Frege’s notion of the “force” of an assertion plays a large role in the discussions of analytic philosophers about speech acts. In his usage, it has nothing to do with coercion or Newtonian physics. Rather, it concerns what I might call the “substance” of what is said, and what Brandom calls conceptual content, which for Brandom would be made explicit first of all through being interpreted as a kind of doing. The question of force seems to be, what are we doing in asserting this rather than that? This also brings in the larger real-world context of that doing.
Although Brandom subordinates reference to Fregean sense or intensional meaning, he also complements and interweaves his account of material-inferential sense with an account of real-world normative-pragmatic “force”, and suggests that this is the ultimate driver of meaning. How things come to have or lose normative-pragmatic force — i.e., how the appearance of such force is legitimized or de-legitimized — he very persuasively argues is best explained by the Hegelian theory of mutual recognition.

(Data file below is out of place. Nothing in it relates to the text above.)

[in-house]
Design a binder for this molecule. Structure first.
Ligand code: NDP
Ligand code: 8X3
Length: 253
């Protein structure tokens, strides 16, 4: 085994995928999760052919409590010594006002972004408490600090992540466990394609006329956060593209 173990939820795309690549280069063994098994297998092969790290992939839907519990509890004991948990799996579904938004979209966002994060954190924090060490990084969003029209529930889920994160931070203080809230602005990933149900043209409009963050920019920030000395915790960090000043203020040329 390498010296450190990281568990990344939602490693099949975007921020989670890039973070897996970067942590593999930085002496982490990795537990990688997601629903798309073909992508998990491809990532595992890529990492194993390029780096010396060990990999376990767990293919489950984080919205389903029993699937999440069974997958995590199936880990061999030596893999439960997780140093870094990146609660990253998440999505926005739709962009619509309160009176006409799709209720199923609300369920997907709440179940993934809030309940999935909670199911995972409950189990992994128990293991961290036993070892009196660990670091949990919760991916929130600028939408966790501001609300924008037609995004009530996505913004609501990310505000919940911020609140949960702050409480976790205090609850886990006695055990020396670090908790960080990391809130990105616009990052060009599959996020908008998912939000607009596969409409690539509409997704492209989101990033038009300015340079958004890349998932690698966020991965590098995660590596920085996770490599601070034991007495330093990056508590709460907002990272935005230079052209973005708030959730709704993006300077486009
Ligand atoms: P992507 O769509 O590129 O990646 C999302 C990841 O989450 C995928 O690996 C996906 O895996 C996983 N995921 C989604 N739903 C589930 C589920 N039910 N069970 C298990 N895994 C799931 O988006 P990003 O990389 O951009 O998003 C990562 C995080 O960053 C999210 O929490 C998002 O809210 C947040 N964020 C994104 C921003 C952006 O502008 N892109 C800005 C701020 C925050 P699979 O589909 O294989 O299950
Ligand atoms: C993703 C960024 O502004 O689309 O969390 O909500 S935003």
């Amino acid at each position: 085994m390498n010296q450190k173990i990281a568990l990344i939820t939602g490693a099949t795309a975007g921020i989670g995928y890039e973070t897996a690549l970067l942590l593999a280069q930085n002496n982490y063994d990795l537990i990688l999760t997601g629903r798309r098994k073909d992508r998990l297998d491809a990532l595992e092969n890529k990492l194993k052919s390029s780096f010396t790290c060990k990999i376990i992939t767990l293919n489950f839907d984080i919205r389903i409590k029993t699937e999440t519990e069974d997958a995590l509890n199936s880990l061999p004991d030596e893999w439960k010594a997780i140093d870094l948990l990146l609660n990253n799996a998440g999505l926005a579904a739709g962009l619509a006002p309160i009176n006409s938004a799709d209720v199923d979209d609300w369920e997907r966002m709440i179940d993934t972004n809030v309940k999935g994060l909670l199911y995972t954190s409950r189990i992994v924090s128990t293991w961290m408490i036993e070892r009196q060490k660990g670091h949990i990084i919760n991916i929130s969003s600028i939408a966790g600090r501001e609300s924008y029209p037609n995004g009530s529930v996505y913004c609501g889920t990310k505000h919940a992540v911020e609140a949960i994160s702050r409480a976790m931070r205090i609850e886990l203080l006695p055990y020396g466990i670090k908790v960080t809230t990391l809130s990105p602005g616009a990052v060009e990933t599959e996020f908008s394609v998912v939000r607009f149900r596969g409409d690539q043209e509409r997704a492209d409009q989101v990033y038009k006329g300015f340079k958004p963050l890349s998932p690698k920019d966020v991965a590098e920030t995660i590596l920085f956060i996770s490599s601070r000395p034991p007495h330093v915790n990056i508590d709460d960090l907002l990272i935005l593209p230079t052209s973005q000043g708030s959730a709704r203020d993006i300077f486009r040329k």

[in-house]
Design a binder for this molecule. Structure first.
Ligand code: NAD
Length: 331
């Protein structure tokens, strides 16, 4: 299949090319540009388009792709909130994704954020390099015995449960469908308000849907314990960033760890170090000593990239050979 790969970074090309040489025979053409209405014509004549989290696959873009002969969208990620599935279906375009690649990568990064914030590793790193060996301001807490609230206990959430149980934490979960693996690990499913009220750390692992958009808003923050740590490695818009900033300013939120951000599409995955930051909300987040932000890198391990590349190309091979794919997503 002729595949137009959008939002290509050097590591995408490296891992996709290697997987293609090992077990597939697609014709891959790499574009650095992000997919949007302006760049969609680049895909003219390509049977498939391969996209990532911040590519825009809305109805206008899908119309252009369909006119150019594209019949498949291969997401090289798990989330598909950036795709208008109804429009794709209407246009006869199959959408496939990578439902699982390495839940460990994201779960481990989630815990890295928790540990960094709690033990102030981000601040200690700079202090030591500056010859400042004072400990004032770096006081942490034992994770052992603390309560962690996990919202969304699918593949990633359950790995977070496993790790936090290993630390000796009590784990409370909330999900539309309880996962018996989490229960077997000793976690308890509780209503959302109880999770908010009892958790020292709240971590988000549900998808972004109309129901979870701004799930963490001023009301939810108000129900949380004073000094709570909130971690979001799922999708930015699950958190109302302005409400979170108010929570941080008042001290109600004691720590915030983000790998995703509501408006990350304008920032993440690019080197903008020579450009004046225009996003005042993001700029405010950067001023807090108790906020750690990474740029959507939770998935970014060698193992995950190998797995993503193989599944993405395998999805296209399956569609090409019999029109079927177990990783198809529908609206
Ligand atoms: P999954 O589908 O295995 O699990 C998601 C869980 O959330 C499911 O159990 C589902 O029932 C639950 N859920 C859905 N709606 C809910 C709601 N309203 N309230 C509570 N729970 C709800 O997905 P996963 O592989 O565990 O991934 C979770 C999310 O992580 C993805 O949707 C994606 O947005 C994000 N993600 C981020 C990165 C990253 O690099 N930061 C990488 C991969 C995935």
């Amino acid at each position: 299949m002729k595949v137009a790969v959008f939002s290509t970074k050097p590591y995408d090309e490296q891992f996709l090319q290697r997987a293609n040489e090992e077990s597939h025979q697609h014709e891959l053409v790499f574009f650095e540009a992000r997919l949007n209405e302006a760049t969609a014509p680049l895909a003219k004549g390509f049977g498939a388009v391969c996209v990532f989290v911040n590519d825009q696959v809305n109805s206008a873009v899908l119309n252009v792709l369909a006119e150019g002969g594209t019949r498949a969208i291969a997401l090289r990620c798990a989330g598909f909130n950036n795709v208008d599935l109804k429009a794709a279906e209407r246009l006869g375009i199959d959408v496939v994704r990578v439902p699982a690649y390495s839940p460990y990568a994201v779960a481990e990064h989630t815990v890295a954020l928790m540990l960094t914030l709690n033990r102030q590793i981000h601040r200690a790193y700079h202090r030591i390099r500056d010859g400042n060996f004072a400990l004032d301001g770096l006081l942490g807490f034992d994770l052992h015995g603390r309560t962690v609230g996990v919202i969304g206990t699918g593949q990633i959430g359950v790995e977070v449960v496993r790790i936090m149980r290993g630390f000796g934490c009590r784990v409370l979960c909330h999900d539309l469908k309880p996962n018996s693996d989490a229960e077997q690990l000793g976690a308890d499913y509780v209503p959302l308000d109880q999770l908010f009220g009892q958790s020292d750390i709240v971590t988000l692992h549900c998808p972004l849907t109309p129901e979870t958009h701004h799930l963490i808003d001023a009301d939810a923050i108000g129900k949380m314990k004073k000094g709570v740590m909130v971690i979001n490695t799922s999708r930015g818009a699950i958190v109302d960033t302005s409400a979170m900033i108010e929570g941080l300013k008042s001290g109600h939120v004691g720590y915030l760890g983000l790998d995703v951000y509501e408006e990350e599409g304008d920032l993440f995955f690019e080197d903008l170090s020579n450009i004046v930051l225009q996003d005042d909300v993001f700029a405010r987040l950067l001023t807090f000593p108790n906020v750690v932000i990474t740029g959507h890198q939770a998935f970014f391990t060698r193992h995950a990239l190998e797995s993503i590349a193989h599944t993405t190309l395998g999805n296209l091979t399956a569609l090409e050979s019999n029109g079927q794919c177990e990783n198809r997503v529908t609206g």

At a programmatic level, a deep and wide historical and critical genealogy of the specific forms emerging from mutual recognition is the more particular shape that something like Ricoeur’s “long detour” of mediating interpretation takes for Brandom. Brandom’s monumental work pulling all the pieces of his general account together has left him little time to dwell on details of interpretation for particular cases, but I see it as an open invitation. My own “historiography” and “history of philosophy” notes tentatively sketch some key details in the broad panorama of the history of values. (See also Normativity; Autonomy, Normativity; Space of Reasons; Ethics.)
One important result of Brandom’s comprehensive development is that cases where reality figuratively “pushes back” against us are subsumed under the figure of normative force. (See also Rethinking Responsibility; Expansive Agency; Brandomian Forgiveness.)